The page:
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In brightest day, in blackest night, the basic layout, is sketched in light
May 7, 2012 9:59 AM   Subscribe

The lost layouts of Gil Kane.
posted by Artw (18 comments total) 22 users marked this as a favorite

 
There's some kind of coordinated crotch attack going on here.
posted by echo target at 10:02 AM on May 7, 2012 [3 favorites]


Gosh, I was really naive back in 2008.
posted by Artw at 10:04 AM on May 7, 2012 [1 favorite]


The final cover didn't lose that element.
posted by filthy light thief at 10:05 AM on May 7, 2012


Man, I loved me some Gil Kane back in the day. It's amazing just how many of these covers that I remember; it was my heyday for collecting comics.
The one thing that strikes me is that it looks like he did everything with an old Bic Felt Tip Pen; such an even line.
Great find! Thank you!
posted by THAT William Mize at 10:12 AM on May 7, 2012


Oh, and apologies for the shitty rhyme, I couldn't resist.
posted by Artw at 10:14 AM on May 7, 2012


I love Gil Kane: his layouts and figures are immediately recognisable even when otherwise heavily disguised under inferior inking.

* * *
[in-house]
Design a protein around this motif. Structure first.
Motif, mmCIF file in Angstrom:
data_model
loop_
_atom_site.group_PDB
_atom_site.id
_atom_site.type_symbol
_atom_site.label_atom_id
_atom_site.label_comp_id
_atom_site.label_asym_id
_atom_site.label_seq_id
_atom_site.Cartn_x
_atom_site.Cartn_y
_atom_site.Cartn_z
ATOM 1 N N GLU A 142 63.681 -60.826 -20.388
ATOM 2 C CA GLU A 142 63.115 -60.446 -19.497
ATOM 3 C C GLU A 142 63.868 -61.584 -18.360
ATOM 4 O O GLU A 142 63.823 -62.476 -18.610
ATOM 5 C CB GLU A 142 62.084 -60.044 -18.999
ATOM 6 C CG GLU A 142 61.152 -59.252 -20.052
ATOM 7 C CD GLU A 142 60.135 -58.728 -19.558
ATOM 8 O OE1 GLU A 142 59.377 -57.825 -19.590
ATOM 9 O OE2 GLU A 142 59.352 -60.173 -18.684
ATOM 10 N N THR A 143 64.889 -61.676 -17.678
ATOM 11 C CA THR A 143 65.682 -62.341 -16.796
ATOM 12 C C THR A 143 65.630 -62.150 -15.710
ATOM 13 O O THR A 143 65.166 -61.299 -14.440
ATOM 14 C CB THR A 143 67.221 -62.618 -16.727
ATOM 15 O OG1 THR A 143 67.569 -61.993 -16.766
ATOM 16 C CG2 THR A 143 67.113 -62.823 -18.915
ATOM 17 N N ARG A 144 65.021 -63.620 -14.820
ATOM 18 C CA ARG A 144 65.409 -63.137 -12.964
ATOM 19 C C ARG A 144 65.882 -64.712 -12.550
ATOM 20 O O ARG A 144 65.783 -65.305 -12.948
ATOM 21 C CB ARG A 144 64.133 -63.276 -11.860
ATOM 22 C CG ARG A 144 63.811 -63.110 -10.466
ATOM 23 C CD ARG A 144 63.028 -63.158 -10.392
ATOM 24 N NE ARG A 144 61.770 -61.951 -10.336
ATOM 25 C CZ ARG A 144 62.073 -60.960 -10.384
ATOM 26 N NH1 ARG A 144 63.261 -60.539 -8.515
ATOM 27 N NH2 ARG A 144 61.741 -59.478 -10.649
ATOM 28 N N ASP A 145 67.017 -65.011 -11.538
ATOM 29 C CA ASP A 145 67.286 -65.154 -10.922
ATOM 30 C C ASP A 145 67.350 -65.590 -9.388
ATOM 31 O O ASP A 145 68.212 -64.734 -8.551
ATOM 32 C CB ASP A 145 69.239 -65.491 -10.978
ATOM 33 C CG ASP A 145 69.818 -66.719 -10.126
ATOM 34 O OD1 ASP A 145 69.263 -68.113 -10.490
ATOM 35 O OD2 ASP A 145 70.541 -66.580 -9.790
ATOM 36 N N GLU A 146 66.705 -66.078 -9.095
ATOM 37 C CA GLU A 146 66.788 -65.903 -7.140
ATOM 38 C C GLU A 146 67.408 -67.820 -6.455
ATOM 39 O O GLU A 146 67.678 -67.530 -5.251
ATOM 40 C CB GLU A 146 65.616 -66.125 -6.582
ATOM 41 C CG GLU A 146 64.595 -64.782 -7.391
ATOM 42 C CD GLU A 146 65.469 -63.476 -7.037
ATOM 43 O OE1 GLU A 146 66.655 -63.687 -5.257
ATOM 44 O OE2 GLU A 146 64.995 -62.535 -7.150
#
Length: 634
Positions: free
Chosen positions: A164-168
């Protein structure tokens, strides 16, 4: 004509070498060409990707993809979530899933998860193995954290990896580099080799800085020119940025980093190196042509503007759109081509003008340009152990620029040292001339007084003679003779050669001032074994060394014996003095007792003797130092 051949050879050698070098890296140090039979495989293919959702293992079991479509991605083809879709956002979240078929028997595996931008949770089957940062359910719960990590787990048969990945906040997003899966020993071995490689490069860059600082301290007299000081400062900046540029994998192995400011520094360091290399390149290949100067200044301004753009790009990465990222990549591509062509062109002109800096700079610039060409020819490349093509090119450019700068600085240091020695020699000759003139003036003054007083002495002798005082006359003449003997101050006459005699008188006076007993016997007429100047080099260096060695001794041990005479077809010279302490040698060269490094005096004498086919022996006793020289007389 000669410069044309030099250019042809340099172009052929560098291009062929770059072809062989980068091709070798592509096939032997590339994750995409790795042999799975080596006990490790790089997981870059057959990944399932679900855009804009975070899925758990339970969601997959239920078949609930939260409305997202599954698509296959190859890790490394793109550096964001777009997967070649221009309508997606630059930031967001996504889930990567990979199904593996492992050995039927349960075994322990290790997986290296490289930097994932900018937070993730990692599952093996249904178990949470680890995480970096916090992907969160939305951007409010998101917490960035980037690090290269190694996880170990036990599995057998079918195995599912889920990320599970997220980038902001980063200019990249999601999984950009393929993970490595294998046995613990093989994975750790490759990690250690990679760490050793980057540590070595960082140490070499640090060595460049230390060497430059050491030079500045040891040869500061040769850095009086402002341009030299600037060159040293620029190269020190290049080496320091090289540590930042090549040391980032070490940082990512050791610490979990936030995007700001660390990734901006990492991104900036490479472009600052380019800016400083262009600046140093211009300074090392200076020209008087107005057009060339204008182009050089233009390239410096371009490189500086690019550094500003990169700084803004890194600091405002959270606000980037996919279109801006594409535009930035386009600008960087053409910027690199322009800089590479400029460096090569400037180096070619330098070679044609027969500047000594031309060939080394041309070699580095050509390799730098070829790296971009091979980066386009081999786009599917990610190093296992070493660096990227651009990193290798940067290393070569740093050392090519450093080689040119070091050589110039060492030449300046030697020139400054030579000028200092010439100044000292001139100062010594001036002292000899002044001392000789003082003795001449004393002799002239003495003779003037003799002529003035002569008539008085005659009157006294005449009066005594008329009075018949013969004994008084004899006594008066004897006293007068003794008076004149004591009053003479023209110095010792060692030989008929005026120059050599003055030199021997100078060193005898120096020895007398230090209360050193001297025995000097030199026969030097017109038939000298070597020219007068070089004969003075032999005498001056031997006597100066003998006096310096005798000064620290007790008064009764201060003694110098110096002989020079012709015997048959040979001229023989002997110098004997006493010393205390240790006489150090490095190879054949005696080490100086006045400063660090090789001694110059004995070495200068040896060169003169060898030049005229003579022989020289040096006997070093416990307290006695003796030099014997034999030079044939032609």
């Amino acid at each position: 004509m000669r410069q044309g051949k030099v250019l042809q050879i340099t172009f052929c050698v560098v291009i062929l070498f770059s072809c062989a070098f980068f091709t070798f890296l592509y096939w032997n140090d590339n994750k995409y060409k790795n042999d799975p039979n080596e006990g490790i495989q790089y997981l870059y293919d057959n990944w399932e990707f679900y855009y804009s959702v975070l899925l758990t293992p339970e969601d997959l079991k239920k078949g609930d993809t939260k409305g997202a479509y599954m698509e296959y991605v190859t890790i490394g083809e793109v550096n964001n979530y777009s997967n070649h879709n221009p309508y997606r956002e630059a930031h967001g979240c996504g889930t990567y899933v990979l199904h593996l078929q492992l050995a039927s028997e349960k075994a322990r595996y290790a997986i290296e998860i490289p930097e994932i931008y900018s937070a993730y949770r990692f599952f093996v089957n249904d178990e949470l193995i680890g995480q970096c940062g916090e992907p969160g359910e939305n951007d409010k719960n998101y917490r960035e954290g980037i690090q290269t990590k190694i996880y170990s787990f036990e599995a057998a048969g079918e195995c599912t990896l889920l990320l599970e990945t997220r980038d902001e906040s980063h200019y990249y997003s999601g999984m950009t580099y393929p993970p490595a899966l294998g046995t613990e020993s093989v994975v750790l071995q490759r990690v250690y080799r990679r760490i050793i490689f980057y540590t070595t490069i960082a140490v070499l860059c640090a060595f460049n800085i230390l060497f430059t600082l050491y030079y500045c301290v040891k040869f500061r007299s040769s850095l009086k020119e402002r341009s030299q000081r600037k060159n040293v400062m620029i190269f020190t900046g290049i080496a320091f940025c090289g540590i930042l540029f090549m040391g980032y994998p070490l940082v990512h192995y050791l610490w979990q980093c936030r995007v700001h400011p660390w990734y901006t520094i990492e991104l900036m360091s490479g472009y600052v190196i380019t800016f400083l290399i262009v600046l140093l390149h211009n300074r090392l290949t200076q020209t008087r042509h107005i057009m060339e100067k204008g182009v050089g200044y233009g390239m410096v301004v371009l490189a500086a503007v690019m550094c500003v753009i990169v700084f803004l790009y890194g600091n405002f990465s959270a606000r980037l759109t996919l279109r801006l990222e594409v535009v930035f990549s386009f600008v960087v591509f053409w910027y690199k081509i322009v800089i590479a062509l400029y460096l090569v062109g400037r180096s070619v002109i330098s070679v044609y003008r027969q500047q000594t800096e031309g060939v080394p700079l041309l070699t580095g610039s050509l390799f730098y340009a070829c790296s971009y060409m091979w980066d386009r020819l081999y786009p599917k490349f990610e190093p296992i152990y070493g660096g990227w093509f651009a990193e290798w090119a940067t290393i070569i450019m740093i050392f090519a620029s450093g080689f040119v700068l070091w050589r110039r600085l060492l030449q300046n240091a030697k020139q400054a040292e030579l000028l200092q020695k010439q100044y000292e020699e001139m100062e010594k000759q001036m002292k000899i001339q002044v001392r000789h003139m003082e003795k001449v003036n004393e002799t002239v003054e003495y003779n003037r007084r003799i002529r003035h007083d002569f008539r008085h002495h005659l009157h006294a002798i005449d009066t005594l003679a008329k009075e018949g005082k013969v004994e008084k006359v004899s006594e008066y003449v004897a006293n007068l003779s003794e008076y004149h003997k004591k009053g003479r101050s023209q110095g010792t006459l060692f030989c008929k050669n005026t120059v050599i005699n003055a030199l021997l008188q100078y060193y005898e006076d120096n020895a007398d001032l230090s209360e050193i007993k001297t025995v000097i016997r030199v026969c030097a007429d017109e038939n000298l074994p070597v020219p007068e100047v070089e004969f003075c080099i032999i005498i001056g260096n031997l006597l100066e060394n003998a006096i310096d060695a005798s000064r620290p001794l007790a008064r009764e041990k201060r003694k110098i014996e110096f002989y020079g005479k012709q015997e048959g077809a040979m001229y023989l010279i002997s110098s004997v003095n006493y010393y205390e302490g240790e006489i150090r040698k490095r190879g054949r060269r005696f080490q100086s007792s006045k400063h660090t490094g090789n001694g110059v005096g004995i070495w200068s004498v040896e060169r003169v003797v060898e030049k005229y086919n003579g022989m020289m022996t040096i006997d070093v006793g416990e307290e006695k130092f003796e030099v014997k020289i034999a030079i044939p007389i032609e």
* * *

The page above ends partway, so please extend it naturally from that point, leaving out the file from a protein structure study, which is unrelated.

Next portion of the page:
So many times though in the seventies and eighties he would be used on a cover and then you'd open it and it was somebody else entirely doing the artwork, or worse, a 1950ties reprint.
posted by MartinWisse at 10:42 AM on May 7, 2012


I misread this post as "The lost layouts of Bill Keane" and wondered why anyone bothered.
posted by Faint of Butt at 10:58 AM on May 7, 2012 [1 favorite]


This western one is great. The perspective really gives it a sense of speed.
posted by Rock Steady at 11:20 AM on May 7, 2012 [2 favorites]


I misread this post as "The lost layouts of Bill Keane" and wondered why anyone bothered.

I did the same thing, and was utterly confused after clicking the first link.
posted by ChurchHatesTucker at 11:24 AM on May 7, 2012


This Conan here looks a lot like Erol Otis' Moonglum. No doubt an homage from the D & D artist.
posted by Ironmouth at 11:27 AM on May 7, 2012


I take it back--that's Jeff Dee's Moonglum
posted by Ironmouth at 11:28 AM on May 7, 2012


It never really occurred to me that the characters in Elric books would all be wearing flares, but really, they would, wouldn't they?
posted by Artw at 11:41 AM on May 7, 2012 [2 favorites]


Flares that suck your soul, but flares none the less.
posted by Joey Michaels at 11:50 AM on May 7, 2012


Giant head of David Bowie overlooks security staff scramble (5th panel).

If you think the Elric flare are bad, you should see the kinda suits that transtemporal hack Jerry Cornelius sports. Talk about about stuck in Ladbroke Grove.
posted by mwhybark at 12:18 PM on May 7, 2012 [2 favorites]


I'm curious I've noticed a lot of love for GK over the last 10 years or so, but when I was collecting comics in the 70's my impression was that he was not one Marvels top tier artists. Has his reputation improved or is it more of an ironic, so bad it's good, kind of love? My associations with his name are lots of splayed fingers and a tendency to be looking up the noses of the drawn figures